Zorika soon finds herself disgusted with the stuffy company at the party and she quietly slips away from the house and her guests, only to run into Józsi, lingering outside. The gipsy tells Zorika that, now the moon is out, she may safely kiss Jonel but Zorika is fed up with Jonel and everything he represents, and longs to be as free as Józsi. She begs Józsi to take her to the enchanted garden he spoke of and gives him her hand, which he kisses passionately.
As the sounds of merriment from the house build up, Ilona appears to ask Józsi to play his violin for them. He does so, counting his success with Zorika and, when Jonel comes in search of his engagement kiss, Zorika, her mind and heart in a whirl, refuses him. In her confusion, she remembers a superstition told her by her nurse, telling that anyone drinking from the River Czerna on Annunciation Eve will see into the future. She bends down and drinks from the water. She falls asleep as the glow-worms and fireflies dance around about and mysterious voices call to her in the darkness.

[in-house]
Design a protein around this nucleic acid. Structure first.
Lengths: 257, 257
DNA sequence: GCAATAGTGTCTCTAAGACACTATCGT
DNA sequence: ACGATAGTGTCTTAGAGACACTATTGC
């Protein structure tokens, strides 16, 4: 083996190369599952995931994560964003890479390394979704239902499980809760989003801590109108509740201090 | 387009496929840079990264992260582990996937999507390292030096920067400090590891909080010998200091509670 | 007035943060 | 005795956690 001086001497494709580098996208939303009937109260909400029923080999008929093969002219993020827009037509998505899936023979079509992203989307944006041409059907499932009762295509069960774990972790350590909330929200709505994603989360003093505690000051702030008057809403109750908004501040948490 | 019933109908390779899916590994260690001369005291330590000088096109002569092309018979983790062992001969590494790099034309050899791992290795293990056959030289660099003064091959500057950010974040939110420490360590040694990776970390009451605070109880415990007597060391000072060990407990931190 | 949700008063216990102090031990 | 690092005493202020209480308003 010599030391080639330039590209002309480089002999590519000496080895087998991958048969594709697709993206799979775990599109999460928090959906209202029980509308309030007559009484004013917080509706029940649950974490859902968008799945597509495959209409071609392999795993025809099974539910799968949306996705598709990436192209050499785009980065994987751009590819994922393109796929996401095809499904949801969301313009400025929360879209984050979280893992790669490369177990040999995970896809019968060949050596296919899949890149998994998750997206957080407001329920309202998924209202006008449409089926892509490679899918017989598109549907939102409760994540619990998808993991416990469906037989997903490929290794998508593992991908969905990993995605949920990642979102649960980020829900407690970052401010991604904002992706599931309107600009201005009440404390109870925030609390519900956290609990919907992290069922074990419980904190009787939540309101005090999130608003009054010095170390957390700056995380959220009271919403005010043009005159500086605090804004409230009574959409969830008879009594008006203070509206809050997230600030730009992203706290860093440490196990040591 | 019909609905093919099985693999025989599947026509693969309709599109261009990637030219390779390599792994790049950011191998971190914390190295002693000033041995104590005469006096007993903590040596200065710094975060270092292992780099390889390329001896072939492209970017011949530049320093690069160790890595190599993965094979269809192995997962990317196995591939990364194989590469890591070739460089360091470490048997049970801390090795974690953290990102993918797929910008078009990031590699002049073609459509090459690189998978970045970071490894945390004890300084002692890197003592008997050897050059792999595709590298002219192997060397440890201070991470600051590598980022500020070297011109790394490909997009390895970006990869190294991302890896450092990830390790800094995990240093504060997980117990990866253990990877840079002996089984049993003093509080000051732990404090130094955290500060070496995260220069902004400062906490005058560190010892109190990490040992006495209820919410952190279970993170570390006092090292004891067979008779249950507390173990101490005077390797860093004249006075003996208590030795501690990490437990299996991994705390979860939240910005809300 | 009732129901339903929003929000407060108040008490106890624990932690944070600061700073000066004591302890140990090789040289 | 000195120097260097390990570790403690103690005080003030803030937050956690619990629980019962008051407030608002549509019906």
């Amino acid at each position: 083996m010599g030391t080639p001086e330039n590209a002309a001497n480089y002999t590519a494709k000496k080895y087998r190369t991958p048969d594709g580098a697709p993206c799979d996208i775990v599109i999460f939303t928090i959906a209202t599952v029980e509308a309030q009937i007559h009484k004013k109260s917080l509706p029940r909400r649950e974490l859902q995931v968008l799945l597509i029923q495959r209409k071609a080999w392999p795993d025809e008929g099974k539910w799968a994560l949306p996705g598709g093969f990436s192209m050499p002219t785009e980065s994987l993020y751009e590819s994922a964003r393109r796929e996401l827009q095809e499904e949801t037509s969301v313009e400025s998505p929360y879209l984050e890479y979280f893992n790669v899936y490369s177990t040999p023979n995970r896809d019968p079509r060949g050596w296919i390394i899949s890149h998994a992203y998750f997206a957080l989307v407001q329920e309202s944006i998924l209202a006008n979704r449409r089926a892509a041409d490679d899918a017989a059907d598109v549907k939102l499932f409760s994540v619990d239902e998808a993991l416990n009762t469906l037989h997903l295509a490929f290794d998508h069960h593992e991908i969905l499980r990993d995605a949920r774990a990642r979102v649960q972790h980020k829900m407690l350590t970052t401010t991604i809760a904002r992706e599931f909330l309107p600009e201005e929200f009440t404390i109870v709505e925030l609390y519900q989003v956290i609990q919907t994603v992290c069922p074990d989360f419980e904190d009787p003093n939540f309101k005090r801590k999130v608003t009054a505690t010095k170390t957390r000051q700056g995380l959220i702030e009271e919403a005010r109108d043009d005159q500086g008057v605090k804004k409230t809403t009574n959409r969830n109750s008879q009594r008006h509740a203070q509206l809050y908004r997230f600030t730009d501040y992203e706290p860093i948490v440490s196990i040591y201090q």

Zorika's vision takes her into the future and she sees herself a few years hence on a gipsy encampment on Ilona von Körösházy's estate. Józsi enters with Zorika and calls for Mihály, the innkeeper, who cannot believe his eyes at seeing Józsi returning from Hungary after two years' absence. Weddings and funerals have not been the same without Józsi's violin playing, and he is warmly welcomed back into the encampment.
Zorika clearly feels deeply about Józsi, but his conversations with Mihály make it clear that he regards her purely as a passing fancy. After all, Ilona herself has always shown an interest in him, and there are plenty of other gipsy girls to welcome him back with practical expressions of delight.
Ilona is giving a party in the local inn that evening, and Zorika suggests that it might make a memorable night for a gipsy wedding between herself and Józsi. The gipsies move off to prepare for the occasion as Zorika clings excitedly to Józsi and muses on the twists of fate that have brought her from being a girl dressed magnificently in velvet and silk but knowing nothing about love to this wild and abandoned existence.
Now Ilona appears in hunting costume, accompanied by Dragotin, who has come to join the party. Old Dragotin is trying to impress the free-living lady with his potential as a lover and overcome her doubts about his virility, but Ilona reckons that she knows the only recipe for eternal youth.